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Avi Aizenman, Dennis Levi; Eye on the prize: Fixational stability as a metric for the recovery of visual acuity in amblyopia. Journal of Vision 2020;20(11):558. doi: https://doi.org/10.1167/jov.20.11.558.
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© ARVO (1962-2015); The Authors (2016-present)
Amblyopia is a developmental disorder which leads to impaired form vision and oculomotor abnormalities including eccentric and unsteady fixation. Increased fixational unsteadiness is associated with poor visual acuity and stereopsis. In this study, we investigated whether improvements in visual function with treatment are accompanied by changes in fixational stability, i.e., whether changes in fixation stability can serve as an objective proxy for changes in visual acuity in children undergoing treatment for amblyopia.
Five children with amblyopia currently undergoing patching treatment or vision therapy (3 strabismic, 2 anisometropic, mean age 8.2 years) and five normally sighted children (control group, mean age 9.4 years) participated in 3 sessions over 3 months. During each session, we measured visual acuity and stereopsis. To measure fixational stability, observers were asked to look at a 1-degree colorful smiley face on a black screen for 20-second intervals. To ensure attention, the smiley face changed color after 10 (+/-3) seconds and observers responded when the color changed. There were ten 20 second trials in total. Eye movements were recorded with an Eyelink II eyetracker.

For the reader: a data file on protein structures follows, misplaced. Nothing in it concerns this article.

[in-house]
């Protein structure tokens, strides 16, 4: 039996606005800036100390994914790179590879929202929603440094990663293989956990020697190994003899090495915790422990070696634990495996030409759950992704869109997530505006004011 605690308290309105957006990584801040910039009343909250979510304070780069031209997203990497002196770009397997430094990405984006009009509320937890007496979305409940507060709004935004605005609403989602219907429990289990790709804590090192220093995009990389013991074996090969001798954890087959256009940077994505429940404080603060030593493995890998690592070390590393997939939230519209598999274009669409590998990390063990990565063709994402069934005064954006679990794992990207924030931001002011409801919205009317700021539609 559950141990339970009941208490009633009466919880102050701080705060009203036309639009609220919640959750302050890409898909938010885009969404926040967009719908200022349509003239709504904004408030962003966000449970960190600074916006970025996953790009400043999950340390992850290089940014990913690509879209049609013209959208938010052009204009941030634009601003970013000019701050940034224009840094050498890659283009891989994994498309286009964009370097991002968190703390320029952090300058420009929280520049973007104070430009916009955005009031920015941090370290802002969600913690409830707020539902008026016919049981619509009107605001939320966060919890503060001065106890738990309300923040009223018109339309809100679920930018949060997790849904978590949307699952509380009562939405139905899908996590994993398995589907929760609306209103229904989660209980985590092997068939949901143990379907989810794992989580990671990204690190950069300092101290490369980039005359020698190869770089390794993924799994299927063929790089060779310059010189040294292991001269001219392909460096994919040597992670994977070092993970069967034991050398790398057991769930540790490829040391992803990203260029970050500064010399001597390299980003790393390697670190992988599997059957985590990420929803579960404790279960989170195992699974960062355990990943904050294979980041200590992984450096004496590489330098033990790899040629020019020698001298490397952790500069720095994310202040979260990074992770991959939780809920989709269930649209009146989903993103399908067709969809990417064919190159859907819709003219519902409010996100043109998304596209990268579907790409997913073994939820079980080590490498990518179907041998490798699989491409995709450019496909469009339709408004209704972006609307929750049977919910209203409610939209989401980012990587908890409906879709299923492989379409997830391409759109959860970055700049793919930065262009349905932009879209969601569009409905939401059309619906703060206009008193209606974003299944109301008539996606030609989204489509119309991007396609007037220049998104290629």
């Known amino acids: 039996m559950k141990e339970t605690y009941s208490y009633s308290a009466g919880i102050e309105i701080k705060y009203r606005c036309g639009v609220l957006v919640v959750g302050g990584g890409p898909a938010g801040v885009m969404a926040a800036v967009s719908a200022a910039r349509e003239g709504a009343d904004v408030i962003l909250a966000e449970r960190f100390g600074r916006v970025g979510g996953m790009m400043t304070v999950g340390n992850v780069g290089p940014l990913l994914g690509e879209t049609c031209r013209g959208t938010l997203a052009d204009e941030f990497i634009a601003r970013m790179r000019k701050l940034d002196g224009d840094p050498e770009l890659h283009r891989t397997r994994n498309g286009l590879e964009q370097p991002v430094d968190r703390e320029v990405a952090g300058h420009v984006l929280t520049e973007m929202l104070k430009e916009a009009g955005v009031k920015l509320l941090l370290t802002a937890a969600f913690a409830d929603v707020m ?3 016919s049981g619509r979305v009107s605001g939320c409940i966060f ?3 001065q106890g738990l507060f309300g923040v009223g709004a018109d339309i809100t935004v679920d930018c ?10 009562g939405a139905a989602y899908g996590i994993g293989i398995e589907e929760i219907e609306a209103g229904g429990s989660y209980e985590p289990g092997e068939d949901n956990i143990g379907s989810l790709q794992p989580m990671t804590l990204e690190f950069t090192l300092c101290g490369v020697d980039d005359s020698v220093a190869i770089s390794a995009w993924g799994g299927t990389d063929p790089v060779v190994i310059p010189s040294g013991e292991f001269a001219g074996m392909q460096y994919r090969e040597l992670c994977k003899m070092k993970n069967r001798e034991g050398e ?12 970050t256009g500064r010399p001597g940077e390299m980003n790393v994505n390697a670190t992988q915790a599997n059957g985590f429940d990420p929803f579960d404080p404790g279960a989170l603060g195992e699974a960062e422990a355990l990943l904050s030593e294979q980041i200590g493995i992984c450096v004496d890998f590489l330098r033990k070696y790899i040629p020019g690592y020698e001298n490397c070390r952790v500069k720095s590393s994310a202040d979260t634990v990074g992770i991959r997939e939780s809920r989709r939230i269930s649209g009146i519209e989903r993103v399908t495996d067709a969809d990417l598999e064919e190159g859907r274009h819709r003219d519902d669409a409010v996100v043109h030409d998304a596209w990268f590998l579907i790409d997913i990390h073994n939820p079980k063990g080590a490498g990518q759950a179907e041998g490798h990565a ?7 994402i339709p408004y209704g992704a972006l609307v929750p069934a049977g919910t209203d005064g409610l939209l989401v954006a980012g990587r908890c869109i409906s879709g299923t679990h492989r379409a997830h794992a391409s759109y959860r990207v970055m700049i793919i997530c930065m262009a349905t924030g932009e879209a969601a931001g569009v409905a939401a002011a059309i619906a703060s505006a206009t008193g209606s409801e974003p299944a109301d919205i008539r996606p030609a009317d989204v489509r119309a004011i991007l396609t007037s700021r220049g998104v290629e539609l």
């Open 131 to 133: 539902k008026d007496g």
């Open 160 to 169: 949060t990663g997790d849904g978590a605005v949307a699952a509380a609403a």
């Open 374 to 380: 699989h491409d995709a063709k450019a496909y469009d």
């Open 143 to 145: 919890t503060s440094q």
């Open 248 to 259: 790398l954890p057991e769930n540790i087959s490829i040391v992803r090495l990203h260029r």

We calculated the 68% isoline area (ISOA) values (similar to the more common bivariate contour ellipse metric, but without assumptions of normality) as a measure of fixational stability, and computed correlations between clinical measurements and ISOA. ISOA showed a correlation with visual acuity (r-squared=.41), and stereopsis (r-squared=.46) replicating previous work. Importantly, the change (pre/post ratio) in ISOA showed a correlation with changes in visual acuity (r-squared=.59), but not stereopsis (r-squared=.02). Although stereopsis is correlated with fixational stability by session, the changes in fixational stability during the treatment of amblyopia do not track changes in stereopsis. As improvements in visual acuity are accompanied by changes in fixational stability, novel interventions for amblyopia may consider tracking eye movements as a measure of recovery of visual function.
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